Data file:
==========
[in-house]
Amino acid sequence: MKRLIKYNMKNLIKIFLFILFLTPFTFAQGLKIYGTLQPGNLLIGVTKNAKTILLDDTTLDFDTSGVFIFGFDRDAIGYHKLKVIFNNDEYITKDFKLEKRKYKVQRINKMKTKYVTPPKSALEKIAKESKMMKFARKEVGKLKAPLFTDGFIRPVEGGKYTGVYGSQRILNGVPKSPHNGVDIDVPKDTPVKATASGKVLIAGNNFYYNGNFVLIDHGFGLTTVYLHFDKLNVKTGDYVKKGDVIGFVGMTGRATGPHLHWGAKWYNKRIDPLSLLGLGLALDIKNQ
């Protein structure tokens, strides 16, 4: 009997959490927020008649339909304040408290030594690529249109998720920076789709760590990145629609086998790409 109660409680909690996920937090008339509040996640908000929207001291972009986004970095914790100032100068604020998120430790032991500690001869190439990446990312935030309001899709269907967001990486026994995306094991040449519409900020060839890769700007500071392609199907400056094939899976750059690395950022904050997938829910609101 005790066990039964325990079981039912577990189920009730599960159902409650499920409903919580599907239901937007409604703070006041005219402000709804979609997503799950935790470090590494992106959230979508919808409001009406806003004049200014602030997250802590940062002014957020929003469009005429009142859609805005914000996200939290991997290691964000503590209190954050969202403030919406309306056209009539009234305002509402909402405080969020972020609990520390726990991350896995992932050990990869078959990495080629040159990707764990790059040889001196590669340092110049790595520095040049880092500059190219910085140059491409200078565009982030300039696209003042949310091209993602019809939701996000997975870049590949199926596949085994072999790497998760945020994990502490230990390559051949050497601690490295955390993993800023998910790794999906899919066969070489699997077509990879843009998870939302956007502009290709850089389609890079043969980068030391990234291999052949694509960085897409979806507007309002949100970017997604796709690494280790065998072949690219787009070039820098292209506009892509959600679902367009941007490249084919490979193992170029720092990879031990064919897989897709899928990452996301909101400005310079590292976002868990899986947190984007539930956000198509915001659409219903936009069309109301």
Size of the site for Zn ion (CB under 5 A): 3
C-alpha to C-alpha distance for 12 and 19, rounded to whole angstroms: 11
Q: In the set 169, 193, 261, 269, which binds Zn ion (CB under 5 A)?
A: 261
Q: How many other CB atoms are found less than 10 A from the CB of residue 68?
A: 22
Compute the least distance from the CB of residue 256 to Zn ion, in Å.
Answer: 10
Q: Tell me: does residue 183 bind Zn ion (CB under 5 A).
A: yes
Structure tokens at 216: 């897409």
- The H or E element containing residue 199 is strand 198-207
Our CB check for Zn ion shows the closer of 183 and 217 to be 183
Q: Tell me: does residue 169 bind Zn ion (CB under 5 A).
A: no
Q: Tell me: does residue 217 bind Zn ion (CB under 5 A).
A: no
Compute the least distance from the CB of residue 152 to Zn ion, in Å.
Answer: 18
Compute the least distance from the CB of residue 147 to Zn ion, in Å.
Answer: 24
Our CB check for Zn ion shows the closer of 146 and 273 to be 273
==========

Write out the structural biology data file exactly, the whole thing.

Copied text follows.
[in-house]
Amino acid sequence: MKRLIKYNMKNLIKIFLFILFLTPFTFAQGLKIYGTLQPGNLLIGVTKNAKTILLDDTTLDFDTSGVFIFGFDRDAIGYHKLKVIFNNDEYITKDFKLEKRKYKVQRINKMKTKYVTPPKSALEKIAKESKMMKFARKEVGKLKAPLFTDGFIRPVEGGKYTGVYGSQRILNGVPKSPHNGVDIDVPKDTPVKATASGKVLIAGNNFYYNGNFVLIDHGFGLTTVYLHFDKLNVKTGDYVKKGDVIGFVGMTGRATGPHLHWGAKWYNKRIDPLSLLGLGLALDIKNQ
């Protein structure tokens, strides 16, 4: 009997959490927020008649339909304040408290030594690529249109998720920076789709760590990145629609086998790409 109660409680909690996920937090008339509040996640908000929207001291972009986004970095914790100032100068604020998120430790032991500690001869190439990446990312935030309001899709269907967001990486026994995306094991040449519409900020060839890769700007500071392609199907400056094939899976750059690395950022904050997938829910609101 005790066990039964325990079981039912577990189920009730599960159902409650499920409903919580599907239901937007409604703070006041005219402000709804979609997503799950935790470090590494992106959230979508919808409001009406806003004049200014602030997250802590940062002014957020929003469009005429009142859609805005914000996200939290991997290691964000503590209190954050969202403030919406309306056209009539009234305002509402909402405080969020972020609990520390726990991350896995992932050990990869078959990495080629040159990707764990790059040889001196590669340092110049790595520095040049880092500059190219910085140059491409200078565009982030300039696209003042949310091209993602019809939701996000997975870049590949199926596949085994072999790497998760945020994990502490230990390559051949050497601690490295955390993993800023998910790794999906899919066969070489699997077509990879843009998870939302956007502009290709850089389609890079043969980068030391990234291999052949694509960085897409979806507007309002949100970017997604796709690494280790065998072949690219787009070039820098292209506009892509959600679902367009941007490249084919490979193992170029720092990879031990064919897989897709899928990452996301909101400005310079590292976002868990899986947190984007539930956000198509915001659409219903936009069309109301």
Size of the site for Zn ion (CB under 5 A): 3
C-alpha to C-alpha distance for 12 and 19, rounded to whole angstroms: 11
Q: In the set 169, 193, 261, 269, which binds Zn ion (CB under 5 A)?
A: 261
Q: How many other CB atoms are found less than 10 A from the CB of residue 68?
A: 22
Compute the least distance from the CB of residue 256 to Zn ion, in Å.
Answer: 10
Q: Tell me: does residue 183 bind Zn ion (CB under 5 A).
A: yes
Structure tokens at 216: 């897409």
- The H or E element containing residue 199 is strand 198-207
Our CB check for Zn ion shows the closer of 183 and 217 to be 183
Q: Tell me: does residue 169 bind Zn ion (CB under 5 A).
A: no
Q: Tell me: does residue 217 bind Zn ion (CB under 5 A).
A: no
Compute the least distance from the CB of residue 152 to Zn ion, in Å.
Answer: 18
Compute the least distance from the CB of residue 147 to Zn ion, in Å.
Answer: 24
Our CB check for Zn ion shows the closer of 146 and 273 to be 273